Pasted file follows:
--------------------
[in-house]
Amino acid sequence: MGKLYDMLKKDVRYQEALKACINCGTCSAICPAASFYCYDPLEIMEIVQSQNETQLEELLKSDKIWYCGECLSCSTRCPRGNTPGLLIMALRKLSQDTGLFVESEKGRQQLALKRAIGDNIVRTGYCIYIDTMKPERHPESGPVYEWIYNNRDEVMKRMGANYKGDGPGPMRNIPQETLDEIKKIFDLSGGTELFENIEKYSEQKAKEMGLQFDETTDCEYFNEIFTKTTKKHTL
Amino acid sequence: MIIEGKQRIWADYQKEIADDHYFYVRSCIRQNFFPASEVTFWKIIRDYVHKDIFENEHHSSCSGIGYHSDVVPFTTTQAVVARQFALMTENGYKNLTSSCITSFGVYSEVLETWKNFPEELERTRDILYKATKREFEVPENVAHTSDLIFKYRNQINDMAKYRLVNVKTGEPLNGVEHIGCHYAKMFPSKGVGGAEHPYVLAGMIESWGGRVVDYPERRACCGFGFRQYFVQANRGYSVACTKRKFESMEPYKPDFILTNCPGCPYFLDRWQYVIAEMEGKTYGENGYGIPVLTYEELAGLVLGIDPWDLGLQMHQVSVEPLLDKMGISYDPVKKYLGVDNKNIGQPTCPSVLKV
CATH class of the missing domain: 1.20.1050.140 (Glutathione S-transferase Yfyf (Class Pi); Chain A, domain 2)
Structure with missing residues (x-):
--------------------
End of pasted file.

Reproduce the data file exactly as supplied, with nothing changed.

[in-house]
Amino acid sequence: MGKLYDMLKKDVRYQEALKACINCGTCSAICPAASFYCYDPLEIMEIVQSQNETQLEELLKSDKIWYCGECLSCSTRCPRGNTPGLLIMALRKLSQDTGLFVESEKGRQQLALKRAIGDNIVRTGYCIYIDTMKPERHPESGPVYEWIYNNRDEVMKRMGANYKGDGPGPMRNIPQETLDEIKKIFDLSGGTELFENIEKYSEQKAKEMGLQFDETTDCEYFNEIFTKTTKKHTL
Amino acid sequence: MIIEGKQRIWADYQKEIADDHYFYVRSCIRQNFFPASEVTFWKIIRDYVHKDIFENEHHSSCSGIGYHSDVVPFTTTQAVVARQFALMTENGYKNLTSSCITSFGVYSEVLETWKNFPEELERTRDILYKATKREFEVPENVAHTSDLIFKYRNQINDMAKYRLVNVKTGEPLNGVEHIGCHYAKMFPSKGVGGAEHPYVLAGMIESWGGRVVDYPERRACCGFGFRQYFVQANRGYSVACTKRKFESMEPYKPDFILTNCPGCPYFLDRWQYVIAEMEGKTYGENGYGIPVLTYEELAGLVLGIDPWDLGLQMHQVSVEPLLDKMGISYDPVKKYLGVDNKNIGQPTCPSVLKV
CATH class of the missing domain: 1.20.1050.140 (Glutathione S-transferase Yfyf (Class Pi); Chain A, domain 2)
Structure with missing residues (x-):